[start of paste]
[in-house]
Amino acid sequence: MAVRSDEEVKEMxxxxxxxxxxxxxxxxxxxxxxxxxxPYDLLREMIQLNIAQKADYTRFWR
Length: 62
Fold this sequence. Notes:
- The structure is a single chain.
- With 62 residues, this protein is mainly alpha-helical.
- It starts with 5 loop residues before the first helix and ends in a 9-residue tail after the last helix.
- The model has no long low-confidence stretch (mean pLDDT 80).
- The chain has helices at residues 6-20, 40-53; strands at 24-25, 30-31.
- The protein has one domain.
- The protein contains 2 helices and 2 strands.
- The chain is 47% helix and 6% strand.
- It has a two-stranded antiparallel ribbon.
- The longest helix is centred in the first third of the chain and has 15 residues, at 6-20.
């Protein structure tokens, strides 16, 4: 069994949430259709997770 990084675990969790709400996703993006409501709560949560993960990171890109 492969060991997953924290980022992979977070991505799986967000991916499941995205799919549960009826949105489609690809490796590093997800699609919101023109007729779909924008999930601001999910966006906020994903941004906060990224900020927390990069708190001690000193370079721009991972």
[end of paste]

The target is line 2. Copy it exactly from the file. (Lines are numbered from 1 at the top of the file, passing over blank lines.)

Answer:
Amino acid sequence: MAVRSDEEVKEMxxxxxxxxxxxxxxxxxxxxxxxxxxPYDLLREMIQLNIAQKADYTRFWR